Walmart has answered the lawsuit filed on behalf of Tracy Morgan and three others who were injured in a six-car pileup on the New Jersey turnpike, after one of the company’s trucks slammed into Morgan’s bus, leaving several critically injured and killing comedian James McNair. Responding to charges of negligence in allowing its driver, Kevin Roper, to be on the road for more than 24 hours (an allegation Roper has denied), Walmart—which has a history of maintaining that the victims are partially to blame for Walmart-related injuries—replied that Morgan’s injuries “were caused, in whole or in part, by plaintiffs’ failure to properly wear an appropriate available seatbelt restraint device.”

Beyond saying Morgan “acted unreasonably and in disregard of plaintiffs’ own best interests” by not wearing his seatbelt, Walmart’s attorneys offered nine defenses in total. Furthermore, it claimed it was unable to “admit or deny” any of the specific allegations, saying its role in the ongoing National Transportation Safety Board investigation precludes it from doing so. Still, it was able to admit that Morgan and his fellow passengers were at fault, while also denying their right to sue.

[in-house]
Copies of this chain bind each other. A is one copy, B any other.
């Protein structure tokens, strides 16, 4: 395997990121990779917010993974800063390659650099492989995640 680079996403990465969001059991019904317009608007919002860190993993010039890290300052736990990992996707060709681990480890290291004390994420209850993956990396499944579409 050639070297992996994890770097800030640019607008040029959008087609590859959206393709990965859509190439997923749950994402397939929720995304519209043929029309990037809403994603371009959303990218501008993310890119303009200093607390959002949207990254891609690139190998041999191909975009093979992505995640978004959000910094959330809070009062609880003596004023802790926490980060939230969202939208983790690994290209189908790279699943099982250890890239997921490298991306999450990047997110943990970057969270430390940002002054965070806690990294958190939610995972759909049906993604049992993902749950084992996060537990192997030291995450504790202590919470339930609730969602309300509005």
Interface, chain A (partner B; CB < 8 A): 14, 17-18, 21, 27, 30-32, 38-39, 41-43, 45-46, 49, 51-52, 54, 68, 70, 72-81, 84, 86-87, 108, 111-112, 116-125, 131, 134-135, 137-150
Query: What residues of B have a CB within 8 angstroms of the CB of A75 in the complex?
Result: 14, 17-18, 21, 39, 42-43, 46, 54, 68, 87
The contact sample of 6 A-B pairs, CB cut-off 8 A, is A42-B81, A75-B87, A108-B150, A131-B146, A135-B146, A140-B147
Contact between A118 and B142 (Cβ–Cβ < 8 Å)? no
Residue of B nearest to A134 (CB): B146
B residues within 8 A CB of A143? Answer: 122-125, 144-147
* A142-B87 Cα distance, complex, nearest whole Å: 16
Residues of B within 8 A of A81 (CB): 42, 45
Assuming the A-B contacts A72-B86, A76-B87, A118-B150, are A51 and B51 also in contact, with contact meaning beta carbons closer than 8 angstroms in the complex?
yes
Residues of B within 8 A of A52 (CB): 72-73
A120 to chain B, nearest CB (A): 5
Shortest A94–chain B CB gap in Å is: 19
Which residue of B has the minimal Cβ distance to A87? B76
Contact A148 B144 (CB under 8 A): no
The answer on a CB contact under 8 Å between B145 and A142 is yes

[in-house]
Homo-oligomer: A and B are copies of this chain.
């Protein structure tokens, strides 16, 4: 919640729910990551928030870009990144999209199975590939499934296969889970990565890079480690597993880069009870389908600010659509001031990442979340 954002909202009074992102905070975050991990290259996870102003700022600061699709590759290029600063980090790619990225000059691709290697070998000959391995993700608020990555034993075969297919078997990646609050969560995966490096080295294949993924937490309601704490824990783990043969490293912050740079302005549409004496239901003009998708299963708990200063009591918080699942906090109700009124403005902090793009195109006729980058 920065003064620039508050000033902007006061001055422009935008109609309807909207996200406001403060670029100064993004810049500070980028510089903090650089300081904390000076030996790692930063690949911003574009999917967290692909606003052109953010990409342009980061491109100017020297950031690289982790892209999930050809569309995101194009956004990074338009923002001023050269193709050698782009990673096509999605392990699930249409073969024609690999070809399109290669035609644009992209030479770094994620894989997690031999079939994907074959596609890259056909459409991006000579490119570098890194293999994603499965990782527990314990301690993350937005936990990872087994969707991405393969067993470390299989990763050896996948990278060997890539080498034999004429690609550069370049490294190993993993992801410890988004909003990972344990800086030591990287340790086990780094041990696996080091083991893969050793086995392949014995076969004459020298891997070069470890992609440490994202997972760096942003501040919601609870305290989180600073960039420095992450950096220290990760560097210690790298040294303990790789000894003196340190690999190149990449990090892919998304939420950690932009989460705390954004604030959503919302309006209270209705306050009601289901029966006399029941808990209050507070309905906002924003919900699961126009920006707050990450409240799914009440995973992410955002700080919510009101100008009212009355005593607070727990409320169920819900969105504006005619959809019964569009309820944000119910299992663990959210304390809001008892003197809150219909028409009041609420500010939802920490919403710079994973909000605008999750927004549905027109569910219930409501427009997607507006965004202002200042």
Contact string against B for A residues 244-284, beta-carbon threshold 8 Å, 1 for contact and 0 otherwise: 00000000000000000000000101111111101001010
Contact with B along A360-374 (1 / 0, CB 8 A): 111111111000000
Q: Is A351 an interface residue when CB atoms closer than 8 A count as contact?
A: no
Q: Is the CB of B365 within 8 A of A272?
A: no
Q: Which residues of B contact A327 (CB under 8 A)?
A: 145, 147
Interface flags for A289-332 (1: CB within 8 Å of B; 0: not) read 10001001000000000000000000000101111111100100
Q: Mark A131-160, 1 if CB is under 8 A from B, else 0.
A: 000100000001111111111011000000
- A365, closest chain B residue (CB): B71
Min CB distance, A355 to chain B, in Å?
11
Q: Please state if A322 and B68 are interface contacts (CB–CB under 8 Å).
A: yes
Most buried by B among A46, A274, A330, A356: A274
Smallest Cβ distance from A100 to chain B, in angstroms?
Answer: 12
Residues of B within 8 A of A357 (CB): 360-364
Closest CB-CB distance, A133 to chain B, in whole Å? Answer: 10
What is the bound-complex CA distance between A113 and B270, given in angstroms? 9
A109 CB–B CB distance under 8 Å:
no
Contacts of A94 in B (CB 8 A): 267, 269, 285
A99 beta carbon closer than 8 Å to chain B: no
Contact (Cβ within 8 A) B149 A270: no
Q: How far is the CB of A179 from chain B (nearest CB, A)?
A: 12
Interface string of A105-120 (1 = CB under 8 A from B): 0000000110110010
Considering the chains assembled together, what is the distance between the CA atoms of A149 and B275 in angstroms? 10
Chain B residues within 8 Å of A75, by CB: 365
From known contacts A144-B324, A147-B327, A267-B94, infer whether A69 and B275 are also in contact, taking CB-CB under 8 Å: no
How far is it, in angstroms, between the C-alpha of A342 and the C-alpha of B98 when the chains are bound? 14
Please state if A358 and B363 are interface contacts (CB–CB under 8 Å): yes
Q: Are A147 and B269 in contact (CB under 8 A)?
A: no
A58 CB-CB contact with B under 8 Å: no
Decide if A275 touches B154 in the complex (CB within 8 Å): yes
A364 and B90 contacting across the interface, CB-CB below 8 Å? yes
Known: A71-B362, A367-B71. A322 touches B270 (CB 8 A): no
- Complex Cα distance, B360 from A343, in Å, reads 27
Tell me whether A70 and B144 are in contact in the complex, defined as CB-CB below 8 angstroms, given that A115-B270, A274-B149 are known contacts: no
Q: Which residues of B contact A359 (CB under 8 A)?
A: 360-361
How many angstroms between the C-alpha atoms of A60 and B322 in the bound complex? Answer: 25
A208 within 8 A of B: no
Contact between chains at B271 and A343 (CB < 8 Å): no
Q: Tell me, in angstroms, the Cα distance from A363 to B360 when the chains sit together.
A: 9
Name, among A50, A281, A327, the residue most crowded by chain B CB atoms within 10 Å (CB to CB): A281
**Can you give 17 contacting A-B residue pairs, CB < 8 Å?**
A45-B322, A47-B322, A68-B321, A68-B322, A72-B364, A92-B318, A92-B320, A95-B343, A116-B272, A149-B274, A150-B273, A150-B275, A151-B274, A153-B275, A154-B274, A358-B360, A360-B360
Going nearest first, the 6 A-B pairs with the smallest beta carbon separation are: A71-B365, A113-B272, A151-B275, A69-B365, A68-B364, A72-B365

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In the nine affirmative defenses delivered to federal court, Walmart disputes that there’s any basis for those allegations; that it’s directly responsible for the driver or any “third parties” who may have caused the damages; and that the defendants failed to “mitigate their losses” by not wearing their seatbelts, before its truck created those losses by plowing into them. Furthermore, it proposes that Walmart could actually end up the critically injured party here, seeing as the lawsuit violates its right to due process—because, it argues, the company “did not engage in any wanton or willful conduct that would warrant an award of punitive damages.”

Assessing those damages is likely to be the next step, as Walmart has demanded that Morgan et al. submit a written statement offering a specific tally. Presumably this is so the company can use that to determine an out-of-court settlement, once the public furor over blaming a famous victim has reached its peak.